“Memory” as seen from the perspective of a cognitive psychologist
When I say, “I’m a memory researcher,” something about it sounds fishy. I worry people will think I study methods of smoothly extracting things like long forgotten childhood memories or making people instantly forget something they have just seen. What I actually investigate is the “mechanism” of memory itself.
Dividing memories into types and investigating the mechanism
There are different kinds of memories. In cognitive psychology, a field of study that is interested in how the mechanism of memory works, a telephone number you have temporarily memorized and the knowledge that if you dial 117 you will hear a recording of the current time are considered different kinds of memories. The former is referred to as “short term memory” and the latter as “long term memory.” This distinction is made because it is hypothesized that these types of memory have different mechanisms, or, in other words, have different mechanisms operating in the background. Taking short and long-term memory as an example, based on direct experience it may indeed seem that memorizing something temporarily and using knowledge you have permanently acquired are accomplished with different mechanisms. As I said, however, this is only a working hypothesis, and it cannot simply be assumed that these two kinds of memory have different mechanisms.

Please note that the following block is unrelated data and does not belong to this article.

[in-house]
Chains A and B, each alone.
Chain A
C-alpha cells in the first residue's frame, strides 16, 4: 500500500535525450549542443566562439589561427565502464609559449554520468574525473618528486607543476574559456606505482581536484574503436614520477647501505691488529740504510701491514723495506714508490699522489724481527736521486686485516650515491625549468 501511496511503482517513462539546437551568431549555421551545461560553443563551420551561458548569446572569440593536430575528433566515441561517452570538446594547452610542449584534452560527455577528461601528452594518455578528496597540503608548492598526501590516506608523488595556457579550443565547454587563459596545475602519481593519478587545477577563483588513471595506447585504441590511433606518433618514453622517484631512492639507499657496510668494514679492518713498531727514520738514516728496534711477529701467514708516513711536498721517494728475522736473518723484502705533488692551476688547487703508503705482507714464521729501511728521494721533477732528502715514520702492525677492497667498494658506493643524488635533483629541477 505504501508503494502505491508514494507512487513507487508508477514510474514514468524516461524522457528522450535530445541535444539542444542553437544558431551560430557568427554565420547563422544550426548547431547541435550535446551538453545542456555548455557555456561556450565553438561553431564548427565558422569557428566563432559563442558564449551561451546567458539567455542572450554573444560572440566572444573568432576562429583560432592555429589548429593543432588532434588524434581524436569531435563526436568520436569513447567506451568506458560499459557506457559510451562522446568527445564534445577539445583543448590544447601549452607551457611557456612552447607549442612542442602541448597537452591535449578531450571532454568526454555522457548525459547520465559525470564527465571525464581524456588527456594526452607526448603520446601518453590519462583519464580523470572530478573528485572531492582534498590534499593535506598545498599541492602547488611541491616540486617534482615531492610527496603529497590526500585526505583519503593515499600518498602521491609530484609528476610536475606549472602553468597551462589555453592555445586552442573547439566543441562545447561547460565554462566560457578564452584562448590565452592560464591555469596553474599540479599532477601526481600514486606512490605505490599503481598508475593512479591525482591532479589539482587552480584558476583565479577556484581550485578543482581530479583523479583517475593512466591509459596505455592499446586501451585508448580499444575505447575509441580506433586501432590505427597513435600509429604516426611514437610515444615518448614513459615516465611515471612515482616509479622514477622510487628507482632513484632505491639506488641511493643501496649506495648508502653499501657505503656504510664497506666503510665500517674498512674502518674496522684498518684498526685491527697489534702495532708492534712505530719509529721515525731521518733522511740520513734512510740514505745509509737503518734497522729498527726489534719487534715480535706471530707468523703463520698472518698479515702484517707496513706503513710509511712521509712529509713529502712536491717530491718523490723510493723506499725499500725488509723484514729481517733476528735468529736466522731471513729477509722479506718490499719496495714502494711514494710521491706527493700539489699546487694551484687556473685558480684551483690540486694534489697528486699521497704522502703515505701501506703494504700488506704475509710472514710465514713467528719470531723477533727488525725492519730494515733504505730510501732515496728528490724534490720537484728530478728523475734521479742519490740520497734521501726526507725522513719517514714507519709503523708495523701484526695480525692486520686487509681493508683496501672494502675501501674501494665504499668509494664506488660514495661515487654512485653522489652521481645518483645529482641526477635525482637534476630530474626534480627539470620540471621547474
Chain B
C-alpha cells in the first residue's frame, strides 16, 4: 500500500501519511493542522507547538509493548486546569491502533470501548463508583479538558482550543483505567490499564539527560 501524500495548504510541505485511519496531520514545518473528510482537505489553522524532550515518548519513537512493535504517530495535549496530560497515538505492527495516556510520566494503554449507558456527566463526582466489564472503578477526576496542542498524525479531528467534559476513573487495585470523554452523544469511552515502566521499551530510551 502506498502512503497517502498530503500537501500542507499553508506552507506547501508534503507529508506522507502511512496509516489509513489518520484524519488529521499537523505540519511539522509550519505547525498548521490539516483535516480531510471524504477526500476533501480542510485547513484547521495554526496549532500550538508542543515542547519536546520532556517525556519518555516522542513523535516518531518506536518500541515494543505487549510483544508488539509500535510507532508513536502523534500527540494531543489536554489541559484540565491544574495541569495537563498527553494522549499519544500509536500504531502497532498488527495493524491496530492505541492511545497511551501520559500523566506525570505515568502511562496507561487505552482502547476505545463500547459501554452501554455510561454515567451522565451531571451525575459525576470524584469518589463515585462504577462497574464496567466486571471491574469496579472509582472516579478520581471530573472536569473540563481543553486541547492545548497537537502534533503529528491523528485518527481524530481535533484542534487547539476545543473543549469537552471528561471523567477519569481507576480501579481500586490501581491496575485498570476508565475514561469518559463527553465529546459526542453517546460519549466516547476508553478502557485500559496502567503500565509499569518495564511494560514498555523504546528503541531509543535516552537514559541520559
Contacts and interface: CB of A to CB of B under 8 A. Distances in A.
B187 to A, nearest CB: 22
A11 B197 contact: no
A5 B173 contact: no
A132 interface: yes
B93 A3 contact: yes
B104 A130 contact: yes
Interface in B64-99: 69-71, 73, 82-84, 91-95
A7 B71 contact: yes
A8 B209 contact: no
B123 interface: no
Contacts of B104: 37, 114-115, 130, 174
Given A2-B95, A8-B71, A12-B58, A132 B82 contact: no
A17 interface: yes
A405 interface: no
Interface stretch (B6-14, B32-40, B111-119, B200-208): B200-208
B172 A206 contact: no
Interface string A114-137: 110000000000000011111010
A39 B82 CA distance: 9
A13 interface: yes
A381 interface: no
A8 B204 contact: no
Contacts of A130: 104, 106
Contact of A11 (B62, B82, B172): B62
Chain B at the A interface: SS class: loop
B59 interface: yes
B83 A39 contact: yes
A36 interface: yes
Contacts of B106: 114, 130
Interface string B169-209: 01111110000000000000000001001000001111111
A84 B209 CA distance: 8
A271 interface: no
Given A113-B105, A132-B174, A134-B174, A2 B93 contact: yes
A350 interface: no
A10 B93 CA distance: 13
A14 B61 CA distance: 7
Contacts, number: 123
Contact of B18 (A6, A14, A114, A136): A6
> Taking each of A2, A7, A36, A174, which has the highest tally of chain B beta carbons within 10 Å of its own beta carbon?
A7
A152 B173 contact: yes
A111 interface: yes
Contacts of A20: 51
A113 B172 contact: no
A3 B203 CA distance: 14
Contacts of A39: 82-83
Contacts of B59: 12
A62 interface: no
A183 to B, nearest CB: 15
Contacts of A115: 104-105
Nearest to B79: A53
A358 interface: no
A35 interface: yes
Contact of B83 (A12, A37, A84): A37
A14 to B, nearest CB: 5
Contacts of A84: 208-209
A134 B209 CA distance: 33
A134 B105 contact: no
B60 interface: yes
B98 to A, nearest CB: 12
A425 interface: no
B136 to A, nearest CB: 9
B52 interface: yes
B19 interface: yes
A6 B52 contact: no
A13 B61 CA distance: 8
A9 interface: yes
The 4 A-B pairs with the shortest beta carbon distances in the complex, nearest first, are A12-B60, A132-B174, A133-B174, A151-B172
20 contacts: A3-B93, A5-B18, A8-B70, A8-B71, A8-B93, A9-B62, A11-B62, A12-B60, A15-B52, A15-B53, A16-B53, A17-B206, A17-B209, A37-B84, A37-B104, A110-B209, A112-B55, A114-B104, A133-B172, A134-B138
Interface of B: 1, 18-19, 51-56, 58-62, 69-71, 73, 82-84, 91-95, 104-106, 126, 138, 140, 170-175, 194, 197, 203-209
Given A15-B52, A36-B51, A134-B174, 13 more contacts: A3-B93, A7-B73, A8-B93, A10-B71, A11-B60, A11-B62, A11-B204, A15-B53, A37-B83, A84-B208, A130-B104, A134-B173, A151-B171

Even regarding the division between short and long-term memory, the debate began a long time ago and continues to rage today. Giving two different explanations of these two types of memory is still the standard approach in cognitive psychology textbooks (Atkinson & Shiffrin, 1968). On the other hand, however, there is also recent research that takes a negative view of this hypothesis and suggests it may be possible to explain them with a single mechanism (Russo & Grammatopoulou, 2003). There are solid arguments for both the view that the distinction between short and long-term memory is necessary and the view that it isn’t.